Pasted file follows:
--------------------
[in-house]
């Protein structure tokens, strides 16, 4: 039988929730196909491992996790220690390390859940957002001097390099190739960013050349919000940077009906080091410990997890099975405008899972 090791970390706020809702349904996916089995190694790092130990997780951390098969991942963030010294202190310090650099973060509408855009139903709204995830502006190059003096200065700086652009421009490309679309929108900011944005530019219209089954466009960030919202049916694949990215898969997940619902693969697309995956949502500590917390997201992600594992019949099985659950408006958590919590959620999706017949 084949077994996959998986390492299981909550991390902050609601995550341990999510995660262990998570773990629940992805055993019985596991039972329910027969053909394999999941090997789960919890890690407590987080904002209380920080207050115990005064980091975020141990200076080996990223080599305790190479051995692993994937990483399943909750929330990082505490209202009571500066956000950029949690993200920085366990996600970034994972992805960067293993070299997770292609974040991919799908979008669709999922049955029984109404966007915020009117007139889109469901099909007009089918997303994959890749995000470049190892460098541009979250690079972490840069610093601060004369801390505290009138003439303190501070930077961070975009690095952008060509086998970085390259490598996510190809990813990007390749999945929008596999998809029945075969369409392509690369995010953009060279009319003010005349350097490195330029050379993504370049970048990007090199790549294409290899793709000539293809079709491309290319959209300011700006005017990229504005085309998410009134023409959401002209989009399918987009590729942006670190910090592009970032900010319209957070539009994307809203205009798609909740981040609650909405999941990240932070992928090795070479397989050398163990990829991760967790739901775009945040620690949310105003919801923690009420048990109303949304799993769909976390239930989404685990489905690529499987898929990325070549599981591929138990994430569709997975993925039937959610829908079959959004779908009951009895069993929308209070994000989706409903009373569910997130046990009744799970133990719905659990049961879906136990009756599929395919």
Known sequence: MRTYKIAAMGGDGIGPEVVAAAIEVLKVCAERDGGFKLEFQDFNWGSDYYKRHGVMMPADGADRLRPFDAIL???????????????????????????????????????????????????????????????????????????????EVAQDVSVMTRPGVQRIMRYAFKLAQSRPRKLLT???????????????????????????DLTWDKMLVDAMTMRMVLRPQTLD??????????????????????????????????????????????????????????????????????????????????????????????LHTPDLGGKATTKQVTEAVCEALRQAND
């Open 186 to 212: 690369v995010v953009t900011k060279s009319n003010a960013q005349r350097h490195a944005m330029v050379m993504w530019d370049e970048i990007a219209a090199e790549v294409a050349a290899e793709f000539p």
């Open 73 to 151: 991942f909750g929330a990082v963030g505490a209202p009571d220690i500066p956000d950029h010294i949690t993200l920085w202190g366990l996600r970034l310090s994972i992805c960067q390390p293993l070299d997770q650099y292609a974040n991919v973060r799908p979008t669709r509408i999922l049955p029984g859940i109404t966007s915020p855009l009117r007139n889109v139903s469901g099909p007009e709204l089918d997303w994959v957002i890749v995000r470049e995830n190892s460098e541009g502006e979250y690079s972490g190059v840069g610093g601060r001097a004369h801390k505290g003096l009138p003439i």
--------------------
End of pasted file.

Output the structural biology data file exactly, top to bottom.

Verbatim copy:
[in-house]
């Protein structure tokens, strides 16, 4: 039988929730196909491992996790220690390390859940957002001097390099190739960013050349919000940077009906080091410990997890099975405008899972 090791970390706020809702349904996916089995190694790092130990997780951390098969991942963030010294202190310090650099973060509408855009139903709204995830502006190059003096200065700086652009421009490309679309929108900011944005530019219209089954466009960030919202049916694949990215898969997940619902693969697309995956949502500590917390997201992600594992019949099985659950408006958590919590959620999706017949 084949077994996959998986390492299981909550991390902050609601995550341990999510995660262990998570773990629940992805055993019985596991039972329910027969053909394999999941090997789960919890890690407590987080904002209380920080207050115990005064980091975020141990200076080996990223080599305790190479051995692993994937990483399943909750929330990082505490209202009571500066956000950029949690993200920085366990996600970034994972992805960067293993070299997770292609974040991919799908979008669709999922049955029984109404966007915020009117007139889109469901099909007009089918997303994959890749995000470049190892460098541009979250690079972490840069610093601060004369801390505290009138003439303190501070930077961070975009690095952008060509086998970085390259490598996510190809990813990007390749999945929008596999998809029945075969369409392509690369995010953009060279009319003010005349350097490195330029050379993504370049970048990007090199790549294409290899793709000539293809079709491309290319959209300011700006005017990229504005085309998410009134023409959401002209989009399918987009590729942006670190910090592009970032900010319209957070539009994307809203205009798609909740981040609650909405999941990240932070992928090795070479397989050398163990990829991760967790739901775009945040620690949310105003919801923690009420048990109303949304799993769909976390239930989404685990489905690529499987898929990325070549599981591929138990994430569709997975993925039937959610829908079959959004779908009951009895069993929308209070994000989706409903009373569910997130046990009744799970133990719905659990049961879906136990009756599929395919």
Known sequence: MRTYKIAAMGGDGIGPEVVAAAIEVLKVCAERDGGFKLEFQDFNWGSDYYKRHGVMMPADGADRLRPFDAIL???????????????????????????????????????????????????????????????????????????????EVAQDVSVMTRPGVQRIMRYAFKLAQSRPRKLLT???????????????????????????DLTWDKMLVDAMTMRMVLRPQTLD??????????????????????????????????????????????????????????????????????????????????????????????LHTPDLGGKATTKQVTEAVCEALRQAND
């Open 186 to 212: 690369v995010v953009t900011k060279s009319n003010a960013q005349r350097h490195a944005m330029v050379m993504w530019d370049e970048i990007a219209a090199e790549v294409a050349a290899e793709f000539p």
């Open 73 to 151: 991942f909750g929330a990082v963030g505490a209202p009571d220690i500066p956000d950029h010294i949690t993200l920085w202190g366990l996600r970034l310090s994972i992805c960067q390390p293993l070299d997770q650099y292609a974040n991919v973060r799908p979008t669709r509408i999922l049955p029984g859940i109404t966007s915020p855009l009117r007139n889109v139903s469901g099909p007009e709204l089918d997303w994959v957002i890749v995000r470049e995830n190892s460098e541009g502006e979250y690079s972490g190059v840069g610093g601060r001097a004369h801390k505290g003096l009138p003439i």